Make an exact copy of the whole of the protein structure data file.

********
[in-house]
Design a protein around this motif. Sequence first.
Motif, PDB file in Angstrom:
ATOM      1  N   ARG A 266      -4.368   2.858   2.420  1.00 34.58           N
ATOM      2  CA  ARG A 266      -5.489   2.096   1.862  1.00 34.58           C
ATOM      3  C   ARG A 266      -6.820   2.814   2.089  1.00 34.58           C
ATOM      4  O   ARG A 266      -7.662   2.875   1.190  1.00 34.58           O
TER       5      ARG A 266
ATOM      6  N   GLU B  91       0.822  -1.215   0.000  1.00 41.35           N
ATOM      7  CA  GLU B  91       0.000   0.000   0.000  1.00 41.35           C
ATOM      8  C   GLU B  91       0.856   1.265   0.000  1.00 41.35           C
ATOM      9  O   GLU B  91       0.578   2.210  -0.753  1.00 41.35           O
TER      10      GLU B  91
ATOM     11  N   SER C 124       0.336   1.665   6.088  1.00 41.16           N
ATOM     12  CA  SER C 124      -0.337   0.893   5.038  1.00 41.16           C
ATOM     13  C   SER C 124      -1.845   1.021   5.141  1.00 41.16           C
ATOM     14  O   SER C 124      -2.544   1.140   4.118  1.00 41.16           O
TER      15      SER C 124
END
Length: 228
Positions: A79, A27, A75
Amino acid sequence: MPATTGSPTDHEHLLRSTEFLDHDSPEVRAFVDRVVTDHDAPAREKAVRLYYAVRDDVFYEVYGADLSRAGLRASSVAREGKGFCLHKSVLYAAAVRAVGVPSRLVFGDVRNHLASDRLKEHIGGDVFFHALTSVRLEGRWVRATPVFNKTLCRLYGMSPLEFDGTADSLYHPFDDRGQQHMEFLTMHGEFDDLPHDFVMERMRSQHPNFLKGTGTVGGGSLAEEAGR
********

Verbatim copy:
[in-house]
Design a protein around this motif. Sequence first.
Motif, PDB file in Angstrom:
ATOM      1  N   ARG A 266      -4.368   2.858   2.420  1.00 34.58           N
ATOM      2  CA  ARG A 266      -5.489   2.096   1.862  1.00 34.58           C
ATOM      3  C   ARG A 266      -6.820   2.814   2.089  1.00 34.58           C
ATOM      4  O   ARG A 266      -7.662   2.875   1.190  1.00 34.58           O
TER       5      ARG A 266
ATOM      6  N   GLU B  91       0.822  -1.215   0.000  1.00 41.35           N
ATOM      7  CA  GLU B  91       0.000   0.000   0.000  1.00 41.35           C
ATOM      8  C   GLU B  91       0.856   1.265   0.000  1.00 41.35           C
ATOM      9  O   GLU B  91       0.578   2.210  -0.753  1.00 41.35           O
TER      10      GLU B  91
ATOM     11  N   SER C 124       0.336   1.665   6.088  1.00 41.16           N
ATOM     12  CA  SER C 124      -0.337   0.893   5.038  1.00 41.16           C
ATOM     13  C   SER C 124      -1.845   1.021   5.141  1.00 41.16           C
ATOM     14  O   SER C 124      -2.544   1.140   4.118  1.00 41.16           O
TER      15      SER C 124
END
Length: 228
Positions: A79, A27, A75
Amino acid sequence: MPATTGSPTDHEHLLRSTEFLDHDSPEVRAFVDRVVTDHDAPAREKAVRLYYAVRDDVFYEVYGADLSRAGLRASSVAREGKGFCLHKSVLYAAAVRAVGVPSRLVFGDVRNHLASDRLKEHIGGDVFFHALTSVRLEGRWVRATPVFNKTLCRLYGMSPLEFDGTADSLYHPFDDRGQQHMEFLTMHGEFDDLPHDFVMERMRSQHPNFLKGTGTVGGGSLAEEAGR